PRAGUE (Reuters) - Czech wage growth slowed in the third quarter but still ran at its second fastest pace since 2009 to remain the main demand driver in the overheating economy, data showed on Monday.
The average gross monthly wage grew by 4.2 percent from a year ago in real terms in the third quarter, as rising inflation bit, the Czech Statistical Bureau said. Nominal wages jumped by 6.8 percent.
The market had expected a 5.1 percent real terms increase, according to a Reuters poll, after a 5.3 percent rise in the previous quarter.
The weaker number may cool chances the central bank may deliver another interest rate increase in December, following rate hikes in August and November which put the main repo rate at 0.5 percent.
“We can expect that year-on-year growth in the average nominal wages will accelerate in the coming quarters and wage development will remain the key argument for further growth in the central bank’s interest rates,” Radomir Jac, chief economist at Generali Investments CEE, said in a note.
“But the third-quarter figure alone is not forcing the central bank to rush: respectively it allows the bank board to leave rates unchanged at the December meeting, and it can hold off with the next tightening for the first 2018 session in early February.”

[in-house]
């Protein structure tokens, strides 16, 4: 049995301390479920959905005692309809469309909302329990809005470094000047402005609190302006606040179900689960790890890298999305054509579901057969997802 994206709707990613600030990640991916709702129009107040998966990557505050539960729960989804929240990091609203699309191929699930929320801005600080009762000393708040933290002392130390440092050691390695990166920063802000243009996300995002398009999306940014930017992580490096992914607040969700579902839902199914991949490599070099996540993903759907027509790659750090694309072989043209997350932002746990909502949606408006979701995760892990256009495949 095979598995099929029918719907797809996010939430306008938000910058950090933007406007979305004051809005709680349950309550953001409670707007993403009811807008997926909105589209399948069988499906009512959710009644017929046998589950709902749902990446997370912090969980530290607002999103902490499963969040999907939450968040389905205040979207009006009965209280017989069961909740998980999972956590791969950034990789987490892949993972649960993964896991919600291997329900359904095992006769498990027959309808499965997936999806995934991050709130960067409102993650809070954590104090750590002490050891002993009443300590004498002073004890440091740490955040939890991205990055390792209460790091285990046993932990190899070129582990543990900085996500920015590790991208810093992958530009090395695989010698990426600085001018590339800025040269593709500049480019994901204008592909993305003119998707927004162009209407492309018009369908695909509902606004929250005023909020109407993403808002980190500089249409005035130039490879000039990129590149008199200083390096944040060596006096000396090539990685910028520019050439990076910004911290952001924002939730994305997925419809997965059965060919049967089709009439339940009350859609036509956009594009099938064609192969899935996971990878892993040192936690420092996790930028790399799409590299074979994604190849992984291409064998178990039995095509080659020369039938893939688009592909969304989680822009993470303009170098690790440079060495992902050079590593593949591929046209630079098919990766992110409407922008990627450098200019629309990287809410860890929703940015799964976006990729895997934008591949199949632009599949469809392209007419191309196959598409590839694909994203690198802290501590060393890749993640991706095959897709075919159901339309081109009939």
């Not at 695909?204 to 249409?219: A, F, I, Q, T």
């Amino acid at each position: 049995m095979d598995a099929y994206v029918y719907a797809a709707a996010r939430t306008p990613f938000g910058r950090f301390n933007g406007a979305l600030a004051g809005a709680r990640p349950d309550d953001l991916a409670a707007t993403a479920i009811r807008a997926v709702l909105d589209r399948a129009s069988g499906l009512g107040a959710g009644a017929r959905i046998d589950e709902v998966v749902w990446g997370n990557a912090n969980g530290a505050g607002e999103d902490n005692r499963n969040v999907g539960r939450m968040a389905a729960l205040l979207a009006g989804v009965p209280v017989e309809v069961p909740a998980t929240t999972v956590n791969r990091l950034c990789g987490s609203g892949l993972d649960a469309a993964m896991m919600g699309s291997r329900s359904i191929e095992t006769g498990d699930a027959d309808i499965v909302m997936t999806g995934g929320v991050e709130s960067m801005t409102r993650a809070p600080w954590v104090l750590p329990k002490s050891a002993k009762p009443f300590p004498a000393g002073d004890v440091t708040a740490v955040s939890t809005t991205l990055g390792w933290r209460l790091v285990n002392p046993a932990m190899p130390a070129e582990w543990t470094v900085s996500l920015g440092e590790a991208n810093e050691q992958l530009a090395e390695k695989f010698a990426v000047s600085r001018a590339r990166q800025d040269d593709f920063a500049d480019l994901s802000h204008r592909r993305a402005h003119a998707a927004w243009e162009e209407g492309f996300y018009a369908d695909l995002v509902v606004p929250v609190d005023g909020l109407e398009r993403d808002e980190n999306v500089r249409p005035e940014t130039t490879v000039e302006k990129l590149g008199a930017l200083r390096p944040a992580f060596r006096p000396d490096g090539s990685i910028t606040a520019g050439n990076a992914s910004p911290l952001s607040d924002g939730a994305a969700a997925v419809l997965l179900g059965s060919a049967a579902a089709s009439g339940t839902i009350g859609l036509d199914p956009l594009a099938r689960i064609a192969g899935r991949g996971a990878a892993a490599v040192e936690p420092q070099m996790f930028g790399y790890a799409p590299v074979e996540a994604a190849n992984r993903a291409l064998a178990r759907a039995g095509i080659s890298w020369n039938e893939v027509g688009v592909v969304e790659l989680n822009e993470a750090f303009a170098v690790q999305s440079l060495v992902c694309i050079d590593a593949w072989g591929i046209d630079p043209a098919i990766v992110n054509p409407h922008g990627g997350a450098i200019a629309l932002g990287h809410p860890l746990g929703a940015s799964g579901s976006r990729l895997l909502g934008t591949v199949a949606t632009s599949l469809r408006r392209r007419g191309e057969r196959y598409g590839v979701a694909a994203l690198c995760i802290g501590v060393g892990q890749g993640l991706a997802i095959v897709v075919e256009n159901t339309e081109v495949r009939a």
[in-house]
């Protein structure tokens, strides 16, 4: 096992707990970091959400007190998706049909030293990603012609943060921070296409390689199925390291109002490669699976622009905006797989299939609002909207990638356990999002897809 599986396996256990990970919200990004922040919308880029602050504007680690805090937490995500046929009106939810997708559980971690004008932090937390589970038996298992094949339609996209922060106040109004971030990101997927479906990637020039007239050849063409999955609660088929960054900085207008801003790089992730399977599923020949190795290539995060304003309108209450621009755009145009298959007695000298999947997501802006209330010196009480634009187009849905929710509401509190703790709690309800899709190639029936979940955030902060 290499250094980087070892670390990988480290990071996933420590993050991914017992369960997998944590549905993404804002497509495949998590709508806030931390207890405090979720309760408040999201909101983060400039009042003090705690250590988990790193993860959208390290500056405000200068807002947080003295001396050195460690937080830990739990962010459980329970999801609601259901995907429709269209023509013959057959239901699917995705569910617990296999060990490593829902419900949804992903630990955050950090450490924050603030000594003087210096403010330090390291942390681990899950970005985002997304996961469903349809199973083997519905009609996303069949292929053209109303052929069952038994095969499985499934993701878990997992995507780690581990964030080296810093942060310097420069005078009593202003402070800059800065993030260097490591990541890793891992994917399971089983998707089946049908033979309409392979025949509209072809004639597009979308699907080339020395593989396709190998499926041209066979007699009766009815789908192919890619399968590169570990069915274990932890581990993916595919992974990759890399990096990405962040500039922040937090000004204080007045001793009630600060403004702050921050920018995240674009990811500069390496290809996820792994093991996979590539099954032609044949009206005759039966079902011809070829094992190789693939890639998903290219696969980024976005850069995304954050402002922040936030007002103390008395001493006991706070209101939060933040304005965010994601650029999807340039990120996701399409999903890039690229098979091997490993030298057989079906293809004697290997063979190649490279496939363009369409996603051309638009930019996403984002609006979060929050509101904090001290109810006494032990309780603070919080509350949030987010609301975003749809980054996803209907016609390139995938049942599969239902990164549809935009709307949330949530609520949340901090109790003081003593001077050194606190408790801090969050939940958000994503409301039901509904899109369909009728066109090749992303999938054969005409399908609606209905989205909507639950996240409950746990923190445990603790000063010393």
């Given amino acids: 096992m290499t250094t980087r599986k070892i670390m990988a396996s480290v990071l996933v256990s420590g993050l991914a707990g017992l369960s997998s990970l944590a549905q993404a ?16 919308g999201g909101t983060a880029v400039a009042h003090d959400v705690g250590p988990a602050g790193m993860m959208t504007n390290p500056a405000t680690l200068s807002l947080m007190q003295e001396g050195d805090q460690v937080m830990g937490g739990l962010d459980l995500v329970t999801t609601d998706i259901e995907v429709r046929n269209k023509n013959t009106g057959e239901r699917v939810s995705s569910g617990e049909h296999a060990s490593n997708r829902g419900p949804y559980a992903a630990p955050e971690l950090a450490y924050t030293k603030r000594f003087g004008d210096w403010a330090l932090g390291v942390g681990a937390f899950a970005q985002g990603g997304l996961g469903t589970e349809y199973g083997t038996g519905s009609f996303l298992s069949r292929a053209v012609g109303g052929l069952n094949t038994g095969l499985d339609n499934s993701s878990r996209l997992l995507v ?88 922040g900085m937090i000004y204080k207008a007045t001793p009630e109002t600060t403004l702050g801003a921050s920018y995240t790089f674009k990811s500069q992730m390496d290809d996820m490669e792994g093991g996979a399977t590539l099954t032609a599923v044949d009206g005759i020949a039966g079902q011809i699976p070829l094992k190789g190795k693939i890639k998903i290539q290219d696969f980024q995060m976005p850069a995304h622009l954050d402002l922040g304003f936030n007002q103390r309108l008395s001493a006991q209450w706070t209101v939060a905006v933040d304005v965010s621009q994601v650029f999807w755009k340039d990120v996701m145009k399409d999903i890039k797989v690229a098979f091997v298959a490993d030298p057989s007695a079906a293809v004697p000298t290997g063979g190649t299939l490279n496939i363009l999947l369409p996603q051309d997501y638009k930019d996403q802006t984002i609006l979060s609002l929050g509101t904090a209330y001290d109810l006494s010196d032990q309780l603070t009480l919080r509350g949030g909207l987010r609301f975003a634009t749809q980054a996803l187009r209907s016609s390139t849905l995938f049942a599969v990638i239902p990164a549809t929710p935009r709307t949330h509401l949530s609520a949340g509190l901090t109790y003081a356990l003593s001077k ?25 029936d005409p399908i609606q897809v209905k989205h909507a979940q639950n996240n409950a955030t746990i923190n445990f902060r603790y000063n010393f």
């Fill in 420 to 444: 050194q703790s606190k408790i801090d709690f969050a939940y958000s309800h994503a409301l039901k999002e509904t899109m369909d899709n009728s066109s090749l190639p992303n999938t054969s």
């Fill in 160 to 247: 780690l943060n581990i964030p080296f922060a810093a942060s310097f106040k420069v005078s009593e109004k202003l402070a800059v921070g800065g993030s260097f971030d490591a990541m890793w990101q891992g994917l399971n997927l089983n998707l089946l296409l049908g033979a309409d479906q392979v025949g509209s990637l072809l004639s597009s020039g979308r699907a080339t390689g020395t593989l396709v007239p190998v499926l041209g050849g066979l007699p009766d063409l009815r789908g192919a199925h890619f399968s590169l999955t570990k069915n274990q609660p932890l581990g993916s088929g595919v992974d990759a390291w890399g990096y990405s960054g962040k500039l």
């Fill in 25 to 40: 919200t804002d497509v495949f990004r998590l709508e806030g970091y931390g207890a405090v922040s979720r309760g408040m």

Analysts expect the bank to raise interest rates several times next year in its drive to quash inflation and gradually return real rates to the positive territory. Inflation stood at 2.9 percent in October, above the 2.0 percent target.
Wage growth has been driven by labour shortage as domestic and foreign demand, aided by loose monetary policy in the past years, propelled the economy to 5 percent growth in the third quarter.
The government has also been raising the minimum wage and wages in the public sector, and more public sector wage hikes took effect in November.
Unemployment dropped to 3.6 percent in October, the lowest since current methodology records going back to 2008.
Reporting by Jan Lopatka; Editing by Toby Chopra